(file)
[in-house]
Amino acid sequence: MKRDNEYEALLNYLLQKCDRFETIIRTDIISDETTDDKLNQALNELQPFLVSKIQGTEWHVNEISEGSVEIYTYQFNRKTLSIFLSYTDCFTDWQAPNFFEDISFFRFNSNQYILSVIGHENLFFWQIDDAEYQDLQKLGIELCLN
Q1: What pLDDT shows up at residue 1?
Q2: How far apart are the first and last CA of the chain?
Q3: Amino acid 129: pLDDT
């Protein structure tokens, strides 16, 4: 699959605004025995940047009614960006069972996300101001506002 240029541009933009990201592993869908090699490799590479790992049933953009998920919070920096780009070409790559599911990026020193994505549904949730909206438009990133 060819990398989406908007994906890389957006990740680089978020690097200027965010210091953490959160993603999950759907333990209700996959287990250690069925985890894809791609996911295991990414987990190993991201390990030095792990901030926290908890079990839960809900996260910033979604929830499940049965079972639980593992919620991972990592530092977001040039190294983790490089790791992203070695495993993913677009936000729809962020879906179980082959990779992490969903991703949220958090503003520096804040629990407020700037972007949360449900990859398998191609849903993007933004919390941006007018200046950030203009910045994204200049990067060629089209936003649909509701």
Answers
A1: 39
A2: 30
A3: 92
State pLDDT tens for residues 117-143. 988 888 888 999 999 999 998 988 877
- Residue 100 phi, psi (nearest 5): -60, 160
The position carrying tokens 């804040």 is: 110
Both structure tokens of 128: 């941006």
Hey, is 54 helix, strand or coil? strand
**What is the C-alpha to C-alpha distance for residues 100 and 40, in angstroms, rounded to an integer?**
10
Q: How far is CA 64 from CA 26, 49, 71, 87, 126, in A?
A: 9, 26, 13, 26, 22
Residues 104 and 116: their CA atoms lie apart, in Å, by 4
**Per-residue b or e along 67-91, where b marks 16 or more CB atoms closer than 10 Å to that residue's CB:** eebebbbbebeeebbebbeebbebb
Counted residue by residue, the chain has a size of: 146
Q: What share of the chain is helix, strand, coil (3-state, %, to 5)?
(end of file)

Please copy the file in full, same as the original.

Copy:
[in-house]
Amino acid sequence: MKRDNEYEALLNYLLQKCDRFETIIRTDIISDETTDDKLNQALNELQPFLVSKIQGTEWHVNEISEGSVEIYTYQFNRKTLSIFLSYTDCFTDWQAPNFFEDISFFRFNSNQYILSVIGHENLFFWQIDDAEYQDLQKLGIELCLN
Q1: What pLDDT shows up at residue 1?
Q2: How far apart are the first and last CA of the chain?
Q3: Amino acid 129: pLDDT
């Protein structure tokens, strides 16, 4: 699959605004025995940047009614960006069972996300101001506002 240029541009933009990201592993869908090699490799590479790992049933953009998920919070920096780009070409790559599911990026020193994505549904949730909206438009990133 060819990398989406908007994906890389957006990740680089978020690097200027965010210091953490959160993603999950759907333990209700996959287990250690069925985890894809791609996911295991990414987990190993991201390990030095792990901030926290908890079990839960809900996260910033979604929830499940049965079972639980593992919620991972990592530092977001040039190294983790490089790791992203070695495993993913677009936000729809962020879906179980082959990779992490969903991703949220958090503003520096804040629990407020700037972007949360449900990859398998191609849903993007933004919390941006007018200046950030203009910045994204200049990067060629089209936003649909509701």
Answers
A1: 39
A2: 30
A3: 92
State pLDDT tens for residues 117-143. 988 888 888 999 999 999 998 988 877
- Residue 100 phi, psi (nearest 5): -60, 160
The position carrying tokens 């804040």 is: 110
Both structure tokens of 128: 């941006």
Hey, is 54 helix, strand or coil? strand
**What is the C-alpha to C-alpha distance for residues 100 and 40, in angstroms, rounded to an integer?**
10
Q: How far is CA 64 from CA 26, 49, 71, 87, 126, in A?
A: 9, 26, 13, 26, 22
Residues 104 and 116: their CA atoms lie apart, in Å, by 4
**Per-residue b or e along 67-91, where b marks 16 or more CB atoms closer than 10 Å to that residue's CB:** eebebbbbebeeebbebbeebbebb
Counted residue by residue, the chain has a size of: 146
Q: What share of the chain is helix, strand, coil (3-state, %, to 5)?